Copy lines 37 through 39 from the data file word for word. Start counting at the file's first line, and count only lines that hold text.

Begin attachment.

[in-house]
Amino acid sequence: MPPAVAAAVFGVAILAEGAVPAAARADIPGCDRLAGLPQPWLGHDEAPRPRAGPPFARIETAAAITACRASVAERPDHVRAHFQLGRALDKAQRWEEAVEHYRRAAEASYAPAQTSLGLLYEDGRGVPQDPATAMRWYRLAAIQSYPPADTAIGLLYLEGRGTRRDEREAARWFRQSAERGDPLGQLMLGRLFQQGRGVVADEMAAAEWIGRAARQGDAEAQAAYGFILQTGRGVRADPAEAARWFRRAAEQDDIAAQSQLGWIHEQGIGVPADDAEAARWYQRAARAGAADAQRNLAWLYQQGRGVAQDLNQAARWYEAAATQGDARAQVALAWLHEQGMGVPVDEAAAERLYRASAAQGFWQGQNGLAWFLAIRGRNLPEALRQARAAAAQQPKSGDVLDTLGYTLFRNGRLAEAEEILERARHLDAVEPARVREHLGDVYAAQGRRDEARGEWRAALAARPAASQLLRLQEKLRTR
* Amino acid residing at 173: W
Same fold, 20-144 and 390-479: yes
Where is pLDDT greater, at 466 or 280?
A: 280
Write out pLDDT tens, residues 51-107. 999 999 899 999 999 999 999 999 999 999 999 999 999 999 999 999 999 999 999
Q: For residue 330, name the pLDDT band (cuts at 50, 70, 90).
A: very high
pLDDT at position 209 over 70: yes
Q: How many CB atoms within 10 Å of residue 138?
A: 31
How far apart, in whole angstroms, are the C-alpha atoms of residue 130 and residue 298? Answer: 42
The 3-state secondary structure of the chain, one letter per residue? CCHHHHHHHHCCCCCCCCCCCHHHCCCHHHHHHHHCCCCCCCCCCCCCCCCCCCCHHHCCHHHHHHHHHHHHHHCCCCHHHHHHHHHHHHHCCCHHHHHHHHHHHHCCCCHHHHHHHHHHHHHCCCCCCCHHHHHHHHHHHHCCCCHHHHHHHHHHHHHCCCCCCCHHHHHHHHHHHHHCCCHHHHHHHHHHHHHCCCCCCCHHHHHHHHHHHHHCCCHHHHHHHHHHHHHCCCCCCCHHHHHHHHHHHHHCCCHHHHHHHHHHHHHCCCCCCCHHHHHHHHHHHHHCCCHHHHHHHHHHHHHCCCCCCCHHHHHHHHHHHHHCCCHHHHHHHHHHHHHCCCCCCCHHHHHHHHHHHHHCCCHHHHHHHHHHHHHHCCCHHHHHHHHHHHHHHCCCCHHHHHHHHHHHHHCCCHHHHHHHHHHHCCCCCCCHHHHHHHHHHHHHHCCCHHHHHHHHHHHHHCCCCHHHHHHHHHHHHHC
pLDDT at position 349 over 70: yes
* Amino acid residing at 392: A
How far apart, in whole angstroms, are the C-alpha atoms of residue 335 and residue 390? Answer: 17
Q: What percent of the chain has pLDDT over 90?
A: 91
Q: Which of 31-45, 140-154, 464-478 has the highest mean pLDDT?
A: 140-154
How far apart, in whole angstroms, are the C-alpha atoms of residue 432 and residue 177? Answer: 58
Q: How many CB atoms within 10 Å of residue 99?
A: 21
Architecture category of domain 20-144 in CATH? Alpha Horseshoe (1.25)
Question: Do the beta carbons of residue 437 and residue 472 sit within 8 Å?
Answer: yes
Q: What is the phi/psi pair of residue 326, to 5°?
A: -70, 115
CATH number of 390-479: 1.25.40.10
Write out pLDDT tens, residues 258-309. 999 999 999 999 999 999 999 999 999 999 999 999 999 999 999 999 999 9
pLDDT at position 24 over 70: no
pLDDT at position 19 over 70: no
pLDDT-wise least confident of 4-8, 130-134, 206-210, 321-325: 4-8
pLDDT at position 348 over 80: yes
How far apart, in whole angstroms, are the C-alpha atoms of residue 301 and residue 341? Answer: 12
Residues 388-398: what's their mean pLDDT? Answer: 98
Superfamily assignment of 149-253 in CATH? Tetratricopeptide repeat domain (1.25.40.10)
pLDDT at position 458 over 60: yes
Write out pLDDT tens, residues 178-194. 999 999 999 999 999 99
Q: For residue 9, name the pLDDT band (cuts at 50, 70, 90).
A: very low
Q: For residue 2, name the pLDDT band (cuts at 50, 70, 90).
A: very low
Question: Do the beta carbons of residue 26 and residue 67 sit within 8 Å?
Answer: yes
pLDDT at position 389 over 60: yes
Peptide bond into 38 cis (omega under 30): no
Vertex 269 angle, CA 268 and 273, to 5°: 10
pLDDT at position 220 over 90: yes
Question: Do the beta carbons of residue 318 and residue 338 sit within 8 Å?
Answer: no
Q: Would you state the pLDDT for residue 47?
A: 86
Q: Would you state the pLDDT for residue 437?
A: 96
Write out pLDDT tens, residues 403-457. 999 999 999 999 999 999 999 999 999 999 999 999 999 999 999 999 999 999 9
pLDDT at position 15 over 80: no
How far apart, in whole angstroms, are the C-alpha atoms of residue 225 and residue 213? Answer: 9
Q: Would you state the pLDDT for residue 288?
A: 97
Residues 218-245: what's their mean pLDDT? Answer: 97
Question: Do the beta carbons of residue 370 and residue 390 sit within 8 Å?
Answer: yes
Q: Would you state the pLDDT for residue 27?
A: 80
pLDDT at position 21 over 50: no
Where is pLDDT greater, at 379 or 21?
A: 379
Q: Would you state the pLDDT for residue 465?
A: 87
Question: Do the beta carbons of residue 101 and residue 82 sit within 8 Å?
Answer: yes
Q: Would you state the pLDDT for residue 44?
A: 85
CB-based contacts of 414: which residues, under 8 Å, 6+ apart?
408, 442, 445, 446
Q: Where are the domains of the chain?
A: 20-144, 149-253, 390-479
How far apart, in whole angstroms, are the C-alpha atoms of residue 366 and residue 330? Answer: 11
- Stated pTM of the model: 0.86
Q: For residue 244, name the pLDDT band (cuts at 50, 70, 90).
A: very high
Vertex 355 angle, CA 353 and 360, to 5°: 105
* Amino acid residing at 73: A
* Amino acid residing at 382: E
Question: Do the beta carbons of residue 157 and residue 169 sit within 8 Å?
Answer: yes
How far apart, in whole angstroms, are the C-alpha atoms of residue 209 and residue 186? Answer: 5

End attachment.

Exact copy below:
Residues 388-398: what's their mean pLDDT? Answer: 98
Superfamily assignment of 149-253 in CATH? Tetratricopeptide repeat domain (1.25.40.10)
pLDDT at position 458 over 60: yes